Not a fan of the increasingly shorter winter days? Then you may want to avoid the town of Utqiagvik, Alaska. That's because the northernmost city in the US just experienced its last sunset of the year on November 19, 2019. Even worse, it will not witness a sunrise again until January 23, 2020. More precisely, that means 65 consecutive days, or 1,560 hours, of no daylight.
"This happens every year," says CNN meteorologist Judson Jones. "If you live above the Arctic Circle, there will be a day when the sun sets for the rest of the winter. The good news? It will return and then during the summer when it won't set for days."
Utqiagvik's extended polar night (when the night lasts more than 24 hours) can be attributed to its location at the "top of the world" — a mere 1,300 miles (2,100 km) south of the North Pole. To put it in perspective, only 2.6% of the Earth's surface lies as far and farther from the equator as Utqiagvik!
Since the Earth revolves around the Sun at a 23.5-degree angle, the polar regions are tilted away from the Sun during the winter months. For the North Pole, that period extends from September to March, while for the South Pole, it falls between March and September.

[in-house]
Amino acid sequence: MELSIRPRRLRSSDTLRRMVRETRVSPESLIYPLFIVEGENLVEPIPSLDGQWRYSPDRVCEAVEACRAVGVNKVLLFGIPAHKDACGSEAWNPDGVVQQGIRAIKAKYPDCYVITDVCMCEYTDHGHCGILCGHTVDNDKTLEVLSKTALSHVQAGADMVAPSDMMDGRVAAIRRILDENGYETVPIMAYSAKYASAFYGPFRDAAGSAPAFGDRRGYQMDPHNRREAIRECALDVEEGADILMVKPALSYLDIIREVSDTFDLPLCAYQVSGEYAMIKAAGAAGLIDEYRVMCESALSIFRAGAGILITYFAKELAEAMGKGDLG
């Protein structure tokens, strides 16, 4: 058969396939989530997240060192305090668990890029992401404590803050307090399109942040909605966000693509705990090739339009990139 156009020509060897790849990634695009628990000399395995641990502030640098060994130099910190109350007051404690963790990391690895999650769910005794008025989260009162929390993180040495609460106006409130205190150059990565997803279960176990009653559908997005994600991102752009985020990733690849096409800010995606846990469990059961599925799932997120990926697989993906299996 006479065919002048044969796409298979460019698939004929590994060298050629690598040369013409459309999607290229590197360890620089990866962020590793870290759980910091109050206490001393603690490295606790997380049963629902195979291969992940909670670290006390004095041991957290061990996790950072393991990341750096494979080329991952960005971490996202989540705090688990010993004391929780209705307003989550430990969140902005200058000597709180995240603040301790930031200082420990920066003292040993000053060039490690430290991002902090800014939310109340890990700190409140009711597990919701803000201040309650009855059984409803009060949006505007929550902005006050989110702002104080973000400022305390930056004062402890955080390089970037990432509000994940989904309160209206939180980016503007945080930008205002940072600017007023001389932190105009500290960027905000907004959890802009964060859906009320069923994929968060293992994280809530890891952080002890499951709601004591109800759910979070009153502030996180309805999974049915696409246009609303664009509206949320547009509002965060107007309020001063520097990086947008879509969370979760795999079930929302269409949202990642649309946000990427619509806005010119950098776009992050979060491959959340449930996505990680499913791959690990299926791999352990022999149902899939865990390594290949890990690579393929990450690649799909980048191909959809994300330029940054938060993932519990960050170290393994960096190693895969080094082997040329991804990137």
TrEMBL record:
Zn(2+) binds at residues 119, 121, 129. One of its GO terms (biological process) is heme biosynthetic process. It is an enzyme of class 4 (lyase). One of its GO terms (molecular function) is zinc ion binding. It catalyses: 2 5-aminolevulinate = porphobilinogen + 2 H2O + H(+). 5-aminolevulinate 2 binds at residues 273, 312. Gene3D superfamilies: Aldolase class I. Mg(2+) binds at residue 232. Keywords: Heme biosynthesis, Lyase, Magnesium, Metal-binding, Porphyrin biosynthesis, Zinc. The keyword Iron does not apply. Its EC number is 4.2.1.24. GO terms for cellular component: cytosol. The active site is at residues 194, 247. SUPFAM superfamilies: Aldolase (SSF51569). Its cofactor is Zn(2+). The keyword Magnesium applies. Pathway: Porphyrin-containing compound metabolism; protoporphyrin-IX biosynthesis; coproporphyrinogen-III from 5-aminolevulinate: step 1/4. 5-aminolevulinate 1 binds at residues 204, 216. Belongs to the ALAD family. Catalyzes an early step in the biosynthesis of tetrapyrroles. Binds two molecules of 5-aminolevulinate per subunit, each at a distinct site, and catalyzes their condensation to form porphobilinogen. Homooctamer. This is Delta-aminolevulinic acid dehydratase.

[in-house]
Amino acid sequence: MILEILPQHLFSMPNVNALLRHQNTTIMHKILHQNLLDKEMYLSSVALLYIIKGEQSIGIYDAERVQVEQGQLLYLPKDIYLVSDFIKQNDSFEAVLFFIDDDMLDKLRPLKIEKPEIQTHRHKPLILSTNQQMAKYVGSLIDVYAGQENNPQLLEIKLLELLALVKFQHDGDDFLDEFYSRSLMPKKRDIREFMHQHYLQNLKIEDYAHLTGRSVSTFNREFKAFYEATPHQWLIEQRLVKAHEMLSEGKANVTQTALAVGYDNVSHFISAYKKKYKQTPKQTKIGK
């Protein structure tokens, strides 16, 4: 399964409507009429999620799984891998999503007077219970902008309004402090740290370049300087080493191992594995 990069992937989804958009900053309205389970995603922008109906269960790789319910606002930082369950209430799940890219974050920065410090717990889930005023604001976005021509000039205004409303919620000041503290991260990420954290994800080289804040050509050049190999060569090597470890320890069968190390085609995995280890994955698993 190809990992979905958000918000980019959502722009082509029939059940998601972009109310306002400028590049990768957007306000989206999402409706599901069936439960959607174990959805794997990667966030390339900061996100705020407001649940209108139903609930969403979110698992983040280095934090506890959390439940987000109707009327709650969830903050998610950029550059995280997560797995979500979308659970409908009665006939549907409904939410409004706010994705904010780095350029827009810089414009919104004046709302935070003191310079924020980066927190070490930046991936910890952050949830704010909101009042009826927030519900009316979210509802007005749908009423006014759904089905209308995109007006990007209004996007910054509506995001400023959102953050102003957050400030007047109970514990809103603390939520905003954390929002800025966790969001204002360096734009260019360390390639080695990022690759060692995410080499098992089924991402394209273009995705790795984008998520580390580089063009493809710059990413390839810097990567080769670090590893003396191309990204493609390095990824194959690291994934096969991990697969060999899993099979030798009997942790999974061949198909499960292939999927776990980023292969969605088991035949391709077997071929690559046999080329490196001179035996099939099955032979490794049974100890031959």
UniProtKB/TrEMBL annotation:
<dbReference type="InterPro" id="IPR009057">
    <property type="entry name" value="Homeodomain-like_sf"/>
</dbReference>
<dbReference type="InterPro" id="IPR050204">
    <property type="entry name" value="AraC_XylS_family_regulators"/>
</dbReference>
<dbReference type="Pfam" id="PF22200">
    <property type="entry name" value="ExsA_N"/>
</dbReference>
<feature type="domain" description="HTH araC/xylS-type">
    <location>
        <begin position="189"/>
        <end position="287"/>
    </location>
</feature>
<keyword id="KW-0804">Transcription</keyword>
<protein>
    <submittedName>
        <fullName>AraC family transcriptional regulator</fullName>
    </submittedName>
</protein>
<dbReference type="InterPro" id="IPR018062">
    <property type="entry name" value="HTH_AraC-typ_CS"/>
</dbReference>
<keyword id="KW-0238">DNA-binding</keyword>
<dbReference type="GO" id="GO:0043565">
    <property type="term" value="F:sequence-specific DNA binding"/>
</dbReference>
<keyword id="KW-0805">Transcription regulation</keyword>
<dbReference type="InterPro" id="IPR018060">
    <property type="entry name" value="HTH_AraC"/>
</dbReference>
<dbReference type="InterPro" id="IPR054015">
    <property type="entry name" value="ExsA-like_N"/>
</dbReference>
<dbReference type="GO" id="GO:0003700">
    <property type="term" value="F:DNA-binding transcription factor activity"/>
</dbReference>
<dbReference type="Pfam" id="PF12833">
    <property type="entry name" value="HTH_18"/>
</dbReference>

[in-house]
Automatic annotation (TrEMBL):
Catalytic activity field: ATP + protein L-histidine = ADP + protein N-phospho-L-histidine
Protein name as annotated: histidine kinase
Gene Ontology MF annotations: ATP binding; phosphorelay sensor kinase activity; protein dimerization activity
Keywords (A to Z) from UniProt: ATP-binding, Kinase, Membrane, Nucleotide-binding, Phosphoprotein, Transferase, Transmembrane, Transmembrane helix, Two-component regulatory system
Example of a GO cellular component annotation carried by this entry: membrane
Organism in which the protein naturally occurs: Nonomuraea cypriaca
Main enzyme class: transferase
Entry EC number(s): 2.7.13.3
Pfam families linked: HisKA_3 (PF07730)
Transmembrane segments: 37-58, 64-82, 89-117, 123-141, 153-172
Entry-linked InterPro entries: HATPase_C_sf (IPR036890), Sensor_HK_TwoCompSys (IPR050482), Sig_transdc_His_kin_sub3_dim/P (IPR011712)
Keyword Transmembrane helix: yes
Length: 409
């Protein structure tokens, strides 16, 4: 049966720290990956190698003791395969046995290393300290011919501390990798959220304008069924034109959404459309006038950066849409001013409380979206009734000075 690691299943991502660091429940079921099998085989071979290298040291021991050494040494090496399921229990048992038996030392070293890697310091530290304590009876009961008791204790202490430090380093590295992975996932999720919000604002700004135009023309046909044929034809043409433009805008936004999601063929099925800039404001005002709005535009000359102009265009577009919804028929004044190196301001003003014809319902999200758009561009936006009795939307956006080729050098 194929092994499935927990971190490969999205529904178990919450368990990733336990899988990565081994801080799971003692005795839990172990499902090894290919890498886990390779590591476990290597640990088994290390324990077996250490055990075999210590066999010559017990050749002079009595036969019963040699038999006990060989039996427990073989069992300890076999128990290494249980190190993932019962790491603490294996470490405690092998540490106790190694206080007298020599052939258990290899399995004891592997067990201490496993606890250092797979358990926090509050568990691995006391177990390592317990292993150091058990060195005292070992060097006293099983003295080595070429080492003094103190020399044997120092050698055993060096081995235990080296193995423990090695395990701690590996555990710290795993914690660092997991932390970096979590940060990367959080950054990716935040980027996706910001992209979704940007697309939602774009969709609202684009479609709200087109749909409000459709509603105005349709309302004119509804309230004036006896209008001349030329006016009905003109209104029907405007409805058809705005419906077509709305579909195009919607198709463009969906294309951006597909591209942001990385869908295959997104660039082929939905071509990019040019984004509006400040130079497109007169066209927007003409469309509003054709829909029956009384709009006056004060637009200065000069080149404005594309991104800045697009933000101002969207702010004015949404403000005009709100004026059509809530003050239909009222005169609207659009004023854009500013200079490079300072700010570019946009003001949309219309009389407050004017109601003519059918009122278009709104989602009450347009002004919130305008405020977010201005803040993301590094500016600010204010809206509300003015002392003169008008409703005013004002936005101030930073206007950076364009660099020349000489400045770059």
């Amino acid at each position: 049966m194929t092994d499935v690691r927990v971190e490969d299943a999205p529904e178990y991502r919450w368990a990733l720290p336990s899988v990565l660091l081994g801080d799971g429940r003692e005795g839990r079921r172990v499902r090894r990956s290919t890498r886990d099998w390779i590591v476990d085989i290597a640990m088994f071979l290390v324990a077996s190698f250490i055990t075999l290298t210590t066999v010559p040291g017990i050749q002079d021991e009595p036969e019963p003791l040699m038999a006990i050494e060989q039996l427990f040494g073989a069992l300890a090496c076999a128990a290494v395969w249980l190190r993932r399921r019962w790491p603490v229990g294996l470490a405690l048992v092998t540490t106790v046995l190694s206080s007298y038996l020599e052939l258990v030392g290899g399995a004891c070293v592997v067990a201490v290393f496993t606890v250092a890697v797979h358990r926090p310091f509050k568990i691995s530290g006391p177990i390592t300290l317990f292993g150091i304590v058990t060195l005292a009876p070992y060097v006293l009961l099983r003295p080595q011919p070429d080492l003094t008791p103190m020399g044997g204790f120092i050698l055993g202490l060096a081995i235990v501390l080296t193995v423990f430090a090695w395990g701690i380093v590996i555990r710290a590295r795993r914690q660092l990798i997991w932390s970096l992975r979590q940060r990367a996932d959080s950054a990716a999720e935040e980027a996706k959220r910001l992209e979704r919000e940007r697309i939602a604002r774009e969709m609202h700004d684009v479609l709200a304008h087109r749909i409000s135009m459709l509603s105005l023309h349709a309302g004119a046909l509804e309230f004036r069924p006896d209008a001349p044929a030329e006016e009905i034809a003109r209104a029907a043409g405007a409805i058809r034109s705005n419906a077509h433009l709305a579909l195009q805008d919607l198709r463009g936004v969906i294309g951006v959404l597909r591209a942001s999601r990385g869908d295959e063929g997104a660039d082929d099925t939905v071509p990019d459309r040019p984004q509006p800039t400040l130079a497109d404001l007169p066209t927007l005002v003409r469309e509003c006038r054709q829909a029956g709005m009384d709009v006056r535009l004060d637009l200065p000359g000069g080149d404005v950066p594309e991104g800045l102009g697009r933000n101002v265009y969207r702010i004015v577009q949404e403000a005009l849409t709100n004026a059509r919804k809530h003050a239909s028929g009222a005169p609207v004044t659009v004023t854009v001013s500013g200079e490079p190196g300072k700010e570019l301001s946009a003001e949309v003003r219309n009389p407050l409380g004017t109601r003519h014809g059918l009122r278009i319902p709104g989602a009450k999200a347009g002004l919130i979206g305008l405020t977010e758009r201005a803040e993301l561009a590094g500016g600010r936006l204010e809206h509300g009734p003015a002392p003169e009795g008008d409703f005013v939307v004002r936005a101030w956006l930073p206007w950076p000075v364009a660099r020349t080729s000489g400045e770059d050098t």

However, though the 4,000 residents of Utqiagvik, or Barrow, as it was previously called, will not see the Sun, they will not have to endure pitch dark days either. That's because the Sun's rays will curve around the Earth and be visible above the horizon. This is similar to what we experience during sunrise, when the light can be seen long before the sun emerges.
The so-called"civil twilight" will appear in beautiful hues of blue, orange, and pink due to the scattering of the sun's rays through the Earth's atmosphere. It will last six hours initially but will shrink to about three in mid-December as the North Pole moves further away from the Sun. Utqiagvik residents will, of course, be amply rewarded for surviving the dark days come summer when the "midnight sun" will stay overhead for an astounding 81 days - from May 11 to July 31, 2020.
For those brave enough to withstand the below-freezing winter temperatures, Utqiagvik's polar night is a perfect time to observe the intense Northern Lights. Also known as Aurora borealis, the spectacular swirls of green, blue, yellow, or pink that shimmer and pulsate across the night sky are the result of ionized particles near the Earth’s poles colliding with charged particles from the sun.
Though Utqiagvik is the first Alaskan town to experience the polar night each year, it is not the only one. Over the next few weeks, Kaktovik, Point Hope, and Anaktuvuk Pass residents will also bid farewell to the sun for a few months. The Nordic nations of Finland, Norway, and Sweden, as well as parts of northern Scotland, also experience the phenomenon, albeit for a shorter time.
Resources: CNN.com. ZMEscience.com.Businessinsider.com